Treating Depression through CBT: Thoughts from Tokyo Psychiatrist Doug Berger


With an estimated 350 million sufferers around the world, combatting depression through various treatments and methods helps millions of people reclaim their lives and lift the veil of  depression.


Depression is defined by the Mayo Clinic as a mood disorder that causes a persistent feeling of sadness and loss of interest. The condition impacts how you feel, think and behave and can lead to a variety of emotional and physical  problems.

With as many as nine different categories, ranging from major depression to Atypical depression, diagnosing depression can be difficult.  However, a certified therapist or psychiatrist is versed in the symptoms and indicators of each  variety.

Like diagnosing depression, treating the disorder can often be tricky because each patient responds differently to treatments and also because some patients may want to avoid certain treatments like medications or regular  therapy.

One of the most popular and useful treatment methods for depression is Cognitive Behavioral Therapy (CBT), a type of therapy that is especially for patients who suffer from acute and severe  depression.

“CBT is a more short-term approach that often requires only 10 to 20 sessions,” writes Kimberly Holland of Healthline. “During these sessions, a patient and therapist identify current situations in the patient’s life that may be causing or contributing to their  depression.”

Developed in the 1960s, CBT is a treatment approach that can be divided into two components: the cognitive component and the  behavioral.

The cognitive component consists of the therapist and patient identifying the distorted negative thinking that causes negative emotions. Together, the doctor and patient begin to examine the veracity and frequency of these thoughts with the goal of eliminating negative thoughts and replacing them with alternative, more balanced  thoughts.

During this process, core beliefs are also examined.  A depressed patient may have an inner dialogue that they are a failure or loser.  This negative inner voice can trigger depressive thoughts and feed the depression  spiral.

The cognitive portion of CBT aims to retrain the brain and to steer it away from negative thoughts about self and to move it toward more balanced, positive  thinking.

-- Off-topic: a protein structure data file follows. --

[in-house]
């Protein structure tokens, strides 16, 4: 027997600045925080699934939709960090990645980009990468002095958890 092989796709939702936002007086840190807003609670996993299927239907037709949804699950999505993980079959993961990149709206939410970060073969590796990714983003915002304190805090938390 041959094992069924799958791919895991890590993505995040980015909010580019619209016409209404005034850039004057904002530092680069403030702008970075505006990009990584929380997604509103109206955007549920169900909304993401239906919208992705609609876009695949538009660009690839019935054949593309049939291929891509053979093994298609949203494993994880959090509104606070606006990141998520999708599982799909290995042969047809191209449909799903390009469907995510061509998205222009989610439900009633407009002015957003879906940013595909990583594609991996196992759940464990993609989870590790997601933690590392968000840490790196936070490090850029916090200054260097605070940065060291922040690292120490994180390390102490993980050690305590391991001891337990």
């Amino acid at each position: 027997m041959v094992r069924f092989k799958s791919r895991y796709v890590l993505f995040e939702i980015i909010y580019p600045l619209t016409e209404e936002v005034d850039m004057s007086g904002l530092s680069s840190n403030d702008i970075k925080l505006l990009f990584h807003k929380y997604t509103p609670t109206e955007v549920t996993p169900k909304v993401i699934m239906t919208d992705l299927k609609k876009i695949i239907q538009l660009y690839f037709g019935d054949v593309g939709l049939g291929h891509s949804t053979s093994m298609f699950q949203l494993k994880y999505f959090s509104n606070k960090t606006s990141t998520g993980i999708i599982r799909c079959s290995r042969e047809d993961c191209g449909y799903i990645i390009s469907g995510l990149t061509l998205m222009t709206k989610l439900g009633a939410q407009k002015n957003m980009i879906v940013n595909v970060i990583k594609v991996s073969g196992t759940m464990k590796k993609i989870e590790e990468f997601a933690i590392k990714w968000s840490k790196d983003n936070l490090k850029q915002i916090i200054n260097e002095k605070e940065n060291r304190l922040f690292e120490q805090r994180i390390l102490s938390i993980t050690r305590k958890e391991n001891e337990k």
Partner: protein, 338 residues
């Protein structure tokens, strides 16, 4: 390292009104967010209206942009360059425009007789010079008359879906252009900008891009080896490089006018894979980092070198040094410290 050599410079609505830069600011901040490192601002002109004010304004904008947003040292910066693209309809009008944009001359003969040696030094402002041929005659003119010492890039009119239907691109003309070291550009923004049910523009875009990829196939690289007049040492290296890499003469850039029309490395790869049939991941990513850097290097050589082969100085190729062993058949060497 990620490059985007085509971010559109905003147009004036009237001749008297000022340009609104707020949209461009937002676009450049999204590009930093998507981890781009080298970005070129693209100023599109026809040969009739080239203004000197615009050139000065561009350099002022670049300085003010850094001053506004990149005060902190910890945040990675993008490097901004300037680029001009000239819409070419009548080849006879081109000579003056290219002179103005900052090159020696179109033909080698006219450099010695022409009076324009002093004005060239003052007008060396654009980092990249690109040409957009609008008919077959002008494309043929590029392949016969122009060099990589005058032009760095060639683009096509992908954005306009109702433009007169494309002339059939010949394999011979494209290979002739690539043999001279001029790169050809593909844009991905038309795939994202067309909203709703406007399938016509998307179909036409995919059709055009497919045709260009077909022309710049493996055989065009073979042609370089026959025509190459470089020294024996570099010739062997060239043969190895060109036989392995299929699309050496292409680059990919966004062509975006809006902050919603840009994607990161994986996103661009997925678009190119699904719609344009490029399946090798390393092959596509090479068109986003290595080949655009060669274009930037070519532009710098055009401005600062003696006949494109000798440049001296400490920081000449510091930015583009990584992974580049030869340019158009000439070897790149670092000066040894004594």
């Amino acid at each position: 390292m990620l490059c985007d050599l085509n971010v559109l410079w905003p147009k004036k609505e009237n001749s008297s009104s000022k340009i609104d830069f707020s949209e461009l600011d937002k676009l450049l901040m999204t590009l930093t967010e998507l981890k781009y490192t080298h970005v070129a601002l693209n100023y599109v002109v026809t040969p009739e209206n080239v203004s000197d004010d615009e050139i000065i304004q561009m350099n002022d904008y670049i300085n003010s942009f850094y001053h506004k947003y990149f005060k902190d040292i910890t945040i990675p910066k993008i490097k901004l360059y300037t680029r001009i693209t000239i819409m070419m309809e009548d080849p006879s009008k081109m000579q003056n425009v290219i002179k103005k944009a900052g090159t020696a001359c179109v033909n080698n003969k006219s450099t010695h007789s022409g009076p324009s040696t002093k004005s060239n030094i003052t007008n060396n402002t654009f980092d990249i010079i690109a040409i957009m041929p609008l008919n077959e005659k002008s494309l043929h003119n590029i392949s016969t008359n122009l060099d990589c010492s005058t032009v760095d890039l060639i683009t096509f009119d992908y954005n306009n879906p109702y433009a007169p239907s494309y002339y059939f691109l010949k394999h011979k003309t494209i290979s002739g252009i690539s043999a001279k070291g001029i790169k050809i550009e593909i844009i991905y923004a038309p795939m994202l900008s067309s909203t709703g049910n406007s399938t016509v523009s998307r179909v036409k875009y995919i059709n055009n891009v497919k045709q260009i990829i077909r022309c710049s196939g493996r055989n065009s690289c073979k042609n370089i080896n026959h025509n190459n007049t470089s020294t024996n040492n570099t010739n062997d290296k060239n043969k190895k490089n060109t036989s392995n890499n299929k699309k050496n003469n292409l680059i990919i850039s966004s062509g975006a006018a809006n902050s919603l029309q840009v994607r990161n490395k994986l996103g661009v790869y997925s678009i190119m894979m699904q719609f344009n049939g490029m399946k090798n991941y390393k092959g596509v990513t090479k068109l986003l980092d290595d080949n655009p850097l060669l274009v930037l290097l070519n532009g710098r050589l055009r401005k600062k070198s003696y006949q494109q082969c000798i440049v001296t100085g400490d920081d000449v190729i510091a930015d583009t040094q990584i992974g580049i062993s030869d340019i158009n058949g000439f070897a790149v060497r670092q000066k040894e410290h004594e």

Under the behavioral component of CBT, a therapist helps the patient assess how different daily activities impact the patient’s mood and how some of them can improve symptoms of  depression.

The therapists will then work to help the patient develop an action plan based on the behavioral activation approach. In this approach, the therapist and patient create a list of activities and then order them from less to more difficult to achieve. As the patient moves from easier to more difficult activities, their feeling of mastery improves and their feeling of depression  lessens.

Practicing CBT skills with exercises at home is an essential component of treating depression through CBT. Repeatedly applying these skills to stressful situations makes a more rational approach more automatic, while making negative emotions less  intense.

Psychiatrist Doug Berger is a psychiatrist in Tokyo who provides counseling in Tokyo and who specializes in treatment for depression. Dr. Doug Berger has found success using CBT on his patients.  However, he also notes that some patients need a combination of different therapy  approaches.

“CBT is only one of the tools in the arsenal of therapies,” explains Tokyo psychiatrist Doug Berger. “Some patients respond well to a mix of treatments, like psychopharmacology-integrated CBT, others may only need one treatment course, it really depends on the patient, most importantly whether they have had a recently stressful life event, but also the severity, chronicity, and genetics behind their  depression.”

In its most intense forms, depression can become debilitating and precipitate a number of health issues like aches and pains, low energy, problems sleeping, too much or too little appetite, feelings of guilt and thoughts about death or even  suicide.

It’s estimated that as many as two out of every eight people will experience an episode of depression in their lifetime, and the majority of the patients who have an episode of depression end up having at least one more episode later in  life.

Treating depression during its early onset is the best course of action for sufferers.  Waiting or prolonging treatment can make the depression worsen, which made lead to more intense and persistent treatment  protocols.

All opinions expressed on USDR are those of the author and not necessarily those of US Daily Review.